If you don’t know, I love to snow ski. Looking back, I took my first run on skis over six decades ago and gosh, that sounds/reads like a long time ago. It is and much has changed in the sport.

So why the sudden interest? My brother sent me to a link to an on-line magazine called Senior Skiing and its target audience is dedicated to those of us over fifty-five who like to ski. It’s got articles on areas, equipment, getting in shape, etc.

Well, writers write. So, after reading a few issues, I contacted the magazine and offered to write an article or two or maybe three. To my pleasant surprise, the first one appeared in the February 2nd, 2017 edition titled From Level 30-Level 71: A Skier’s Journey Through Time. Hopefully, it won’t be my last.

            It is a bit of a spoof on how my grandkids view things. Rather than curl up with a good book, they bury their nose in video games on their iPads. Dinner table conversations sometimes focus on getting to Level 5 versus what is needed to get to Level 7 and in that game. Their standing amongst their peers is enhanced by the level they reached. The higher one gets, the more kudos and “status.”

So, I looked back at my skiing career so to speak which, among other things, includes being a pretty good racer and becoming a certified ski instructor in two different countries, as a series of levels equated to age. I started with how and what I skied at Level 30, i.e. thirty years old and went decade by decade documenting how, when and where I ski has changed now that I am Level 71.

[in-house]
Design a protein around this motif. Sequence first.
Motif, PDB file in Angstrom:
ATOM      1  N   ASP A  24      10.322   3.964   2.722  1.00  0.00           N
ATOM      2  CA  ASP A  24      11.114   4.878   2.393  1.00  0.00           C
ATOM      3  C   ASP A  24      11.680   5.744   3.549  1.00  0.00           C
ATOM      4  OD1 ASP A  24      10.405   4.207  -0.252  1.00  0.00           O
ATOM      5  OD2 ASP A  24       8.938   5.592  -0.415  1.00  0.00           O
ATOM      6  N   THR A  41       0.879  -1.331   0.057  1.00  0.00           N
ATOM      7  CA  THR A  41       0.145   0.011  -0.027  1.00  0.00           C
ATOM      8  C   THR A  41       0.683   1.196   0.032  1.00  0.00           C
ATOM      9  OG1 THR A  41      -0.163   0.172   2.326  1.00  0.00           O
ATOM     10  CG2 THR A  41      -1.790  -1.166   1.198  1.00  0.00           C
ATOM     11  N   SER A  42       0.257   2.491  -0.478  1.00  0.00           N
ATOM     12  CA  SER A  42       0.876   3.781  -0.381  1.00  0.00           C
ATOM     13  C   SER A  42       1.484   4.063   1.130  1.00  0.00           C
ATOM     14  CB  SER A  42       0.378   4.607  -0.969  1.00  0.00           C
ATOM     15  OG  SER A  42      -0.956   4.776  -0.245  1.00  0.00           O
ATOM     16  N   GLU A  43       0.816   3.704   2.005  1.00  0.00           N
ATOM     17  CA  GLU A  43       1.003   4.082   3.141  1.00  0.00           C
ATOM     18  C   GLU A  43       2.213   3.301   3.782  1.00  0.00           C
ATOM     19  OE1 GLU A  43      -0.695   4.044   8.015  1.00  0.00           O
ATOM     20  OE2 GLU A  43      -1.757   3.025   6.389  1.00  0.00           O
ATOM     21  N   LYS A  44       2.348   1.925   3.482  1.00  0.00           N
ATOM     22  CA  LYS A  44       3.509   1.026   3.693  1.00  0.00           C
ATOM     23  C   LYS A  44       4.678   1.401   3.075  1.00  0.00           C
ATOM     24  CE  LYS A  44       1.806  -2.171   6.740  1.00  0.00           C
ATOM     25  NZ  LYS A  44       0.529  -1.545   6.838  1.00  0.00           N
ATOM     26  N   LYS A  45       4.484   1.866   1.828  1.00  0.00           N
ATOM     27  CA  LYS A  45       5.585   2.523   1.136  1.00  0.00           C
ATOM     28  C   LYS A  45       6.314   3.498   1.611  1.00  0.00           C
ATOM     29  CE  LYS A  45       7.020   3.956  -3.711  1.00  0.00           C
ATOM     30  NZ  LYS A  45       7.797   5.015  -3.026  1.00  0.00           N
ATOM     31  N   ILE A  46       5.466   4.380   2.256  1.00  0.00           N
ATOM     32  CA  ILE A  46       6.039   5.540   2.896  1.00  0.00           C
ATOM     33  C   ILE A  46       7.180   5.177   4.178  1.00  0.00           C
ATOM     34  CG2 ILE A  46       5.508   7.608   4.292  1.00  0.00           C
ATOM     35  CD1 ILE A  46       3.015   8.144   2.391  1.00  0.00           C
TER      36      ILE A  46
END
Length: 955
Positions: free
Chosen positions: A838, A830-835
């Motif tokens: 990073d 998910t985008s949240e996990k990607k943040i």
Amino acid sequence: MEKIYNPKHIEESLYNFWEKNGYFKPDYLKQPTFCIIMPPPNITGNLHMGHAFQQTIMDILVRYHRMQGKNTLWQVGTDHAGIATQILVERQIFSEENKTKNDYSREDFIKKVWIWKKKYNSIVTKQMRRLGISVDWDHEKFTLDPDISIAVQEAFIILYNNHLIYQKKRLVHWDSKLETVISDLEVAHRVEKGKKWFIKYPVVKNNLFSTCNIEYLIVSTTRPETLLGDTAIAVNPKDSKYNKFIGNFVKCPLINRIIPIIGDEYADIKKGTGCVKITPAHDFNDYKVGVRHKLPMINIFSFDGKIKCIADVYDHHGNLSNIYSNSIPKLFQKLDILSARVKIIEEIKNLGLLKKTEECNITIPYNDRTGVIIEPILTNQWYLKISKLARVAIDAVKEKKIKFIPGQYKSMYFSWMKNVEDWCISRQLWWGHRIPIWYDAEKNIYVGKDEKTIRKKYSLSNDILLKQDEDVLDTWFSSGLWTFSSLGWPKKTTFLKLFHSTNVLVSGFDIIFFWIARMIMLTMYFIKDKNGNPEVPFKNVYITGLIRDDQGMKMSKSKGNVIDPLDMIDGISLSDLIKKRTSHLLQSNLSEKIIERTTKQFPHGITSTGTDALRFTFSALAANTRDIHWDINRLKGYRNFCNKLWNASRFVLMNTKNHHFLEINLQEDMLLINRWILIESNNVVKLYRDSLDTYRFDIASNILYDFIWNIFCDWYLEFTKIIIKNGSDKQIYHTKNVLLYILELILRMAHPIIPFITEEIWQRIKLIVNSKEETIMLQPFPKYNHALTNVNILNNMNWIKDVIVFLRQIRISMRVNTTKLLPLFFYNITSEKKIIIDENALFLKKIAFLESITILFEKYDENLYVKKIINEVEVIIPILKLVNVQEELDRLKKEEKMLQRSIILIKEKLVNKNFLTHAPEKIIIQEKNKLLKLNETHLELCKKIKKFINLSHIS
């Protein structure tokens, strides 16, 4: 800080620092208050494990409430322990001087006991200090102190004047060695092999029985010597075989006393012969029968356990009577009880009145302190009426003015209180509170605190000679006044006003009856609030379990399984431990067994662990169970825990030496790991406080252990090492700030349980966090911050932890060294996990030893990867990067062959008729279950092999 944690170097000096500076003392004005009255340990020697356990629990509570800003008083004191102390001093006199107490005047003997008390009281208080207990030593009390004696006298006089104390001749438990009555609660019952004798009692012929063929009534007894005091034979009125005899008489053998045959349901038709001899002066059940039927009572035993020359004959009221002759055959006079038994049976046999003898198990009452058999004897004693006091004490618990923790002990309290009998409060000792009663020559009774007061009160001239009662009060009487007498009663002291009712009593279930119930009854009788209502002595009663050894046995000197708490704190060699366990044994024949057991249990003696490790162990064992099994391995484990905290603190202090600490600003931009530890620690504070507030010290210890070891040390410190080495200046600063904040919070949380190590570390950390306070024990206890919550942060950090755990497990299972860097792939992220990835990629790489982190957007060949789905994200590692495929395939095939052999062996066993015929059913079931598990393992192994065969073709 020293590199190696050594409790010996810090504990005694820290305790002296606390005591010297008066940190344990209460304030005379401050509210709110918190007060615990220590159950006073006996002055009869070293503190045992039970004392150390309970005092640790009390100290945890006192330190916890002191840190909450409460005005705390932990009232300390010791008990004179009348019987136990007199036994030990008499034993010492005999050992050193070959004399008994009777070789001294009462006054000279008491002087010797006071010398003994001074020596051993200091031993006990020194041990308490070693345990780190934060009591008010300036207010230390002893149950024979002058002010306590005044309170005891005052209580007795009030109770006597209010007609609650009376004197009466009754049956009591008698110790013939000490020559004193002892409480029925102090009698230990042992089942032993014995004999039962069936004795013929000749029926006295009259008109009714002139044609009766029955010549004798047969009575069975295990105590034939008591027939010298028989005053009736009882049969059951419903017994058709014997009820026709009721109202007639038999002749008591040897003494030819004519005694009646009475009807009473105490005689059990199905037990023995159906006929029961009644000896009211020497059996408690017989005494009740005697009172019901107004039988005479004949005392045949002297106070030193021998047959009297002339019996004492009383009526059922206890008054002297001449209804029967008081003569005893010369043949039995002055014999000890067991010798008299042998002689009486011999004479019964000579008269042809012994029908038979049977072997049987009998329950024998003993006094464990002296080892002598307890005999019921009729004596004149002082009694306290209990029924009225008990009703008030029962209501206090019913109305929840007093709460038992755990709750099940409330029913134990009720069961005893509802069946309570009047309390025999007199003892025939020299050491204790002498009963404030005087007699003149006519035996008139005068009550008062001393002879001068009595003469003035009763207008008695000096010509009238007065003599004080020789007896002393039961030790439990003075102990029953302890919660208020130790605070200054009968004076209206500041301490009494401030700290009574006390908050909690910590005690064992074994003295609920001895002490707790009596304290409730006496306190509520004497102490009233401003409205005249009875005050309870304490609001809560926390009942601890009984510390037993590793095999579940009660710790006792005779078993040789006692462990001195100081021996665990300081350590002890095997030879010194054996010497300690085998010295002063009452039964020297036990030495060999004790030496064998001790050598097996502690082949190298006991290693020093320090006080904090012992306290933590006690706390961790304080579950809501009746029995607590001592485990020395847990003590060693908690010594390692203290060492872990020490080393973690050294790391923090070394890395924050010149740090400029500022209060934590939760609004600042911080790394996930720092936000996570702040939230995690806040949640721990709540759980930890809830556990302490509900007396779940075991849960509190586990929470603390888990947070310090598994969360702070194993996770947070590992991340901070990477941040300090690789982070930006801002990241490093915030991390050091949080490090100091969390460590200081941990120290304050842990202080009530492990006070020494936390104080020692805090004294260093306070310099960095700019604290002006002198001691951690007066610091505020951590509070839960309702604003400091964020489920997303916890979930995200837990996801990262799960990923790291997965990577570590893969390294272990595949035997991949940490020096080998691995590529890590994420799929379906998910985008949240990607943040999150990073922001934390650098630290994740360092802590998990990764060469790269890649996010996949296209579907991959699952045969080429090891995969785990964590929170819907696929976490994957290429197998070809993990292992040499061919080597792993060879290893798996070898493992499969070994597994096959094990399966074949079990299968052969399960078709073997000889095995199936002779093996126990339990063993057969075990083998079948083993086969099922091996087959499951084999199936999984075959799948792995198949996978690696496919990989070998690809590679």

Is Level 71 better than Level 30? It depends on one’s perspective. I think it is because I still ski between twenty-seven and thirty thousand vertical feet a day. For you non-skiers, that’s a lot and converts to about thirty miles depending on the length and number of runs. BTW, my brother documents it all on an app on his iPhone that tracks our movements via GPS.

Back to perspective…. Do I ski as fast as I did when I was thirty? Hell no.

Do I ski the same number of bump runs? No, my knees protest way too much.

Do I ski icy slopes that look more like ice-skating rinks than ski trails? No, at my age, if I take a bad fall, my bones don’t break, they shatter.

Do I go out when it is minus twenty? Well, it depends on the conditions…

Ahhhh, there’s where wisdom that theoretically comes with age shows up. So, the issue is not so much as, for example, “will I ski bumps, but can I?” And, I hate to say (write?) it, occasionally I do just to prove that I still can.

You do what you can, when you can and the pressure is not brought upon by peers, but by one’s inner self. And, you can always rationalize by saying I’ve done it well before and walk away! And, that, ladies and gentleman is the advantage of being Level 71.

Marc Liebman

February 2017